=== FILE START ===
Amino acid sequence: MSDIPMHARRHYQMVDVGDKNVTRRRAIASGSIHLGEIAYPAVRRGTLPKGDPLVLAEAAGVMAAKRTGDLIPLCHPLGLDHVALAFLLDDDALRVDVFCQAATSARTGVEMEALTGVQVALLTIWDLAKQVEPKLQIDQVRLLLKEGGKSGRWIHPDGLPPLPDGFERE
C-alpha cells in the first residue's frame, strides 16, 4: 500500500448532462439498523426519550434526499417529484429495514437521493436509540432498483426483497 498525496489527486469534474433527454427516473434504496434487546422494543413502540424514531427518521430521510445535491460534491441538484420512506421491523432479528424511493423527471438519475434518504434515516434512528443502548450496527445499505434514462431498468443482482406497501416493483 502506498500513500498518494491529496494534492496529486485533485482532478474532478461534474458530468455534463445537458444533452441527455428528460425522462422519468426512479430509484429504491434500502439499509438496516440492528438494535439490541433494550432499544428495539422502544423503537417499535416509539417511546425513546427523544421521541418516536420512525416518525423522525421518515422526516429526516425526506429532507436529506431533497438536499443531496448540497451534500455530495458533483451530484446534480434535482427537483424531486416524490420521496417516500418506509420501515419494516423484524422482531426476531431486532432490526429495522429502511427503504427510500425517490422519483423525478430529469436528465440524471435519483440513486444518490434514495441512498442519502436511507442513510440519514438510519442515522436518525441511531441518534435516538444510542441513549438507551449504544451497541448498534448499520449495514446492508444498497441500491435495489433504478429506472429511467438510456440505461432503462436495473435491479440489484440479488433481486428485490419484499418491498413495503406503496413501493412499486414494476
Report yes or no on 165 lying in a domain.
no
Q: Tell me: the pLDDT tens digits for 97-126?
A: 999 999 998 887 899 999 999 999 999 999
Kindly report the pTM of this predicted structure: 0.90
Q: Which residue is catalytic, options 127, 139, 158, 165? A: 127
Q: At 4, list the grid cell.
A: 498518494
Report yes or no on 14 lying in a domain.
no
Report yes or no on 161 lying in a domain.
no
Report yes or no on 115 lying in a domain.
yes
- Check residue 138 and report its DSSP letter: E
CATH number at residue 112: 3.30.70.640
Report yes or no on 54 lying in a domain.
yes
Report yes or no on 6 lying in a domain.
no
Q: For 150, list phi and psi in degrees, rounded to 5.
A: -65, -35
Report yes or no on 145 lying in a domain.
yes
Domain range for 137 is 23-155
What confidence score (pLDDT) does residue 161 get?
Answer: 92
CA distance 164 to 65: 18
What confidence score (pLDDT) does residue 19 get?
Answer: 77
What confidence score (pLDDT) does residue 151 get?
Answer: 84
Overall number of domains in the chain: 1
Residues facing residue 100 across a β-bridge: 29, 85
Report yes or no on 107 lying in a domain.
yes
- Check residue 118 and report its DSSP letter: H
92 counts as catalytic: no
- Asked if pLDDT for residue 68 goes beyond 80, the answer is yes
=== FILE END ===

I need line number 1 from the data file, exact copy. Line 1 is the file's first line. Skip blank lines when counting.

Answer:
Amino acid sequence: MSDIPMHARRHYQMVDVGDKNVTRRRAIASGSIHLGEIAYPAVRRGTLPKGDPLVLAEAAGVMAAKRTGDLIPLCHPLGLDHVALAFLLDDDALRVDVFCQAATSARTGVEMEALTGVQVALLTIWDLAKQVEPKLQIDQVRLLLKEGGKSGRWIHPDGLPPLPDGFERE